The Doors: Morrison Hotel – [Record 187]

The Doors: Morrison Hotel.

Morrison Hotel (sometimes referred to as Hard Rock Café from the title of the first side of the LP, with the second side titled Morrison Hotel) is the fifth studio album by American psychedelic rock band The Doors, recorded from between August 1966 and November 1969 and released by Elektra in February 1970.

Side One.
1. Roadhouse Blues.
2. Waiting for the Sun.
3. You Make Me Real.
4. Peace Frog.
5. Blue Sunday.
6. Ship of Fools.

Side Two.
7. Land Ho!
8. The Spy.
9. Queen of the Highway.
10. Indian Summer.
11. Maggie M’Gill.

The Wiki.

Background: After the previous year’s more experimental album The Soft Parade was not as well-received as anticipated, the group went back to basics and back to their roots. On this album, there is a slight steer toward blues, which would be fully explored by the band on their next album, L.A. Woman.

Recording: Morrison Hotel consists of music recorded between August 1966 and November 1969. “Indian Summer” was recorded in late August 1966 during sessions for The Doors. “Waiting for the Sun” began during sessions for Waiting for the Sun in 1968.

Additional session musicians include John Sebastian (credited as “G. Puglese” for contractual reasons) on harmonica and Lonnie Mack on bass and guitar.

Album cover: The cover photo was taken at the actual Morrison Hotel located at 1246 South Hope Street in Los Angeles. The band asked the owners if they could photograph the hotel and they declined, so the band went inside when nobody was looking and took the photograph. The rear cover features a photograph of the Hard Rock Café on 300 East 5th Street, Los Angeles. The founders of the later and otherwise unrelated Hard Rock Cafe chain used the name, having seen it on the Doors’ album. The original cafe is no longer open for business.

Release: Even though no major hit singles were drawn from the album, Morrison Hotel reestablished The Doors as favorites of the critics, peaking at No. 4 on the US album chart. The album also became the band’s highest charting studio album in the UK, where it peaked at No. 12.

For the 40th anniversary the album was re-released in completely remixed and remastered form. This practice extended to incorporating vocal and instrumental components which were not part of the original album. According to Ray Manzarek, “There are background vocals by Jim Morrison, piano parts of mine that weren’t used and guitar stingers and solos by Robby Krieger that never made the original recordings that can now be heard for the first time.”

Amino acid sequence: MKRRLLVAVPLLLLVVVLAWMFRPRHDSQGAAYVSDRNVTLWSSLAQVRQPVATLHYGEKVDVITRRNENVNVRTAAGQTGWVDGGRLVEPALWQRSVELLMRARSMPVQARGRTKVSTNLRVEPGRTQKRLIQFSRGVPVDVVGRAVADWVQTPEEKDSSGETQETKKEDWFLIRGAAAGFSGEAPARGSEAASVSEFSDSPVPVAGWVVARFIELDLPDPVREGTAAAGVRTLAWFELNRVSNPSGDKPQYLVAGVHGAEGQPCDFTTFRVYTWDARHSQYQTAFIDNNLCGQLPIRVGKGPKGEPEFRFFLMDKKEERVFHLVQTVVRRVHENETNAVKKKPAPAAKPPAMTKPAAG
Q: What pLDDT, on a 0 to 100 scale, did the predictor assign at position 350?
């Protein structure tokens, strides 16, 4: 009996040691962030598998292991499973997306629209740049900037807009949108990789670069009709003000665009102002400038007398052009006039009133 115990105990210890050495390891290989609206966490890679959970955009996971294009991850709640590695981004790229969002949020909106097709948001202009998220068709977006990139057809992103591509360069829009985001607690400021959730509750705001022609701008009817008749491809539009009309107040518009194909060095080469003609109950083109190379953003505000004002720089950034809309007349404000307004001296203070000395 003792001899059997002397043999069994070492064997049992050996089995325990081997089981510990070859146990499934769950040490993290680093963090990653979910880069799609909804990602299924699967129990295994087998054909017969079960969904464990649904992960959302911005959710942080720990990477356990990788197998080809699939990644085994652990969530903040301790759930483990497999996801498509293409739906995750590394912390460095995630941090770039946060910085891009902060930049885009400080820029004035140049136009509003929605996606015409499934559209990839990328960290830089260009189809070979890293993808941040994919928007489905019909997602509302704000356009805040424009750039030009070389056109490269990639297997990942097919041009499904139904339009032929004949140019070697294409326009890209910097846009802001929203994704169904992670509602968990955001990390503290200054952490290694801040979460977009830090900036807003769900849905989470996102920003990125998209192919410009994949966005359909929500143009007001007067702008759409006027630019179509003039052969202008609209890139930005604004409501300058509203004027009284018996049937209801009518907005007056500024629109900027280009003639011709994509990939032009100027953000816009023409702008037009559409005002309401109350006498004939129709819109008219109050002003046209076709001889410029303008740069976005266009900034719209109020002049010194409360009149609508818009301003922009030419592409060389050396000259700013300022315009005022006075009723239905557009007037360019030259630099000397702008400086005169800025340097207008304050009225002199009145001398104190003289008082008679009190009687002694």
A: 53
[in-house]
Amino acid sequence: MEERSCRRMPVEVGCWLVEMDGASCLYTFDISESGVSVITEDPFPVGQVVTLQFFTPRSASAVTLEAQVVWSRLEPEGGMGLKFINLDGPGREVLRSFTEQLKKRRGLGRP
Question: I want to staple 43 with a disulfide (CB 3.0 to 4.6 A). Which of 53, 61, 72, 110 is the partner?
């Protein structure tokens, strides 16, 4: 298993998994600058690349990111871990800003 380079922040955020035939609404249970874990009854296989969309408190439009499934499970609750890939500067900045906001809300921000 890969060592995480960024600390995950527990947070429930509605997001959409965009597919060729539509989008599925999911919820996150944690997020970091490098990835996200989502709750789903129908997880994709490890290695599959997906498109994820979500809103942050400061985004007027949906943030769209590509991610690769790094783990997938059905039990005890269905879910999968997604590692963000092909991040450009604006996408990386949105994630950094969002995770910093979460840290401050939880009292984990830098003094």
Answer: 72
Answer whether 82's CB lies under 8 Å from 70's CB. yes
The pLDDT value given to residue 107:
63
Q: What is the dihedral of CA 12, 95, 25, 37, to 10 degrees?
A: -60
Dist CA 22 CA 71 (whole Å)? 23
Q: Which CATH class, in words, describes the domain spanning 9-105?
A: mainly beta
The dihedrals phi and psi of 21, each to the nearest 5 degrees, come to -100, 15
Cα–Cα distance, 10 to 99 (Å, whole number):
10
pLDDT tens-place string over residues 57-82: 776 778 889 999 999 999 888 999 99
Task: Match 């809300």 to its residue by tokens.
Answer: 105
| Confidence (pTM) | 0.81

Reception: Morrison Hotel was, upon its release, seen by many as a comeback for The Doors following the critical failure of The Soft Parade and the Miami incident of 1969. Dave Marsh, the editor of Creem magazine, called the album “the most horrifying rock and roll I have ever heard. When they’re good, they’re simply unbeatable. I know this is the best record I’ve listened to so far”, while Rock Magazine called it “without any doubt their ballsiest (and best) album to date”. Circus praised it as “possibly the best album yet from The Doors” and “Good hard, evil rock, and one of the best albums released this decade”.

3 Comments on “The Doors: Morrison Hotel – [Record 187]

  1. I love the doors and I love this record, I understand why people weren’t too into soft parade but I think it’s a great record, the title track is amazing, great read.

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  2. Hey….I get the privilege of being first to say this and all doors albums are great….and i owned them all at one time back in the ’70’s – today’s music doesn’t even come close to the doors, led zeppelin, zz top, and the doobie broters to name just a few…..but yea, the cover shoot for this album has a great story….and for the band to just happen to be driving around and to come across the Morrison Hotel, where they run in and take a few frames for that album…as well with the Hard Rock Cafe, for when they drove off from this hotel Jim wanted a beer, so they happen to spot this dive bar, which Jim preferred….so they go in and start taking pic there for the back cover….great story….and a timeless, great album.

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